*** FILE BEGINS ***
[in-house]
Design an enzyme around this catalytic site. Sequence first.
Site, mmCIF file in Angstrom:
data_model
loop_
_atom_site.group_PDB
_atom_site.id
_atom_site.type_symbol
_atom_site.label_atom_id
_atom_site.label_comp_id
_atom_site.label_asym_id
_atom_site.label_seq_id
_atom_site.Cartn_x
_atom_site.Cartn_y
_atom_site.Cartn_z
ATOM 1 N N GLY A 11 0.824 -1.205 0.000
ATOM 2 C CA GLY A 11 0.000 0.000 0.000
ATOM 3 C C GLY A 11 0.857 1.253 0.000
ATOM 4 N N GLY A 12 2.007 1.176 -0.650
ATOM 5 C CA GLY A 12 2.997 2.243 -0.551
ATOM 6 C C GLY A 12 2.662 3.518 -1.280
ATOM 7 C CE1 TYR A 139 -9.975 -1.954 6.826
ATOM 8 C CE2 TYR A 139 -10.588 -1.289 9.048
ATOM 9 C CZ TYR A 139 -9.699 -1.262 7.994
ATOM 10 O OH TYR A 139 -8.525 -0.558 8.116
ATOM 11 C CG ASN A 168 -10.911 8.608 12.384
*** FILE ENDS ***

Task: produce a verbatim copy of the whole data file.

[in-house]
Design an enzyme around this catalytic site. Sequence first.
Site, mmCIF file in Angstrom:
data_model
loop_
_atom_site.group_PDB
_atom_site.id
_atom_site.type_symbol
_atom_site.label_atom_id
_atom_site.label_comp_id
_atom_site.label_asym_id
_atom_site.label_seq_id
_atom_site.Cartn_x
_atom_site.Cartn_y
_atom_site.Cartn_z
ATOM 1 N N GLY A 11 0.824 -1.205 0.000
ATOM 2 C CA GLY A 11 0.000 0.000 0.000
ATOM 3 C C GLY A 11 0.857 1.253 0.000
ATOM 4 N N GLY A 12 2.007 1.176 -0.650
ATOM 5 C CA GLY A 12 2.997 2.243 -0.551
ATOM 6 C C GLY A 12 2.662 3.518 -1.280
ATOM 7 C CE1 TYR A 139 -9.975 -1.954 6.826
ATOM 8 C CE2 TYR A 139 -10.588 -1.289 9.048
ATOM 9 C CZ TYR A 139 -9.699 -1.262 7.994
ATOM 10 O OH TYR A 139 -8.525 -0.558 8.116
ATOM 11 C CG ASN A 168 -10.911 8.608 12.384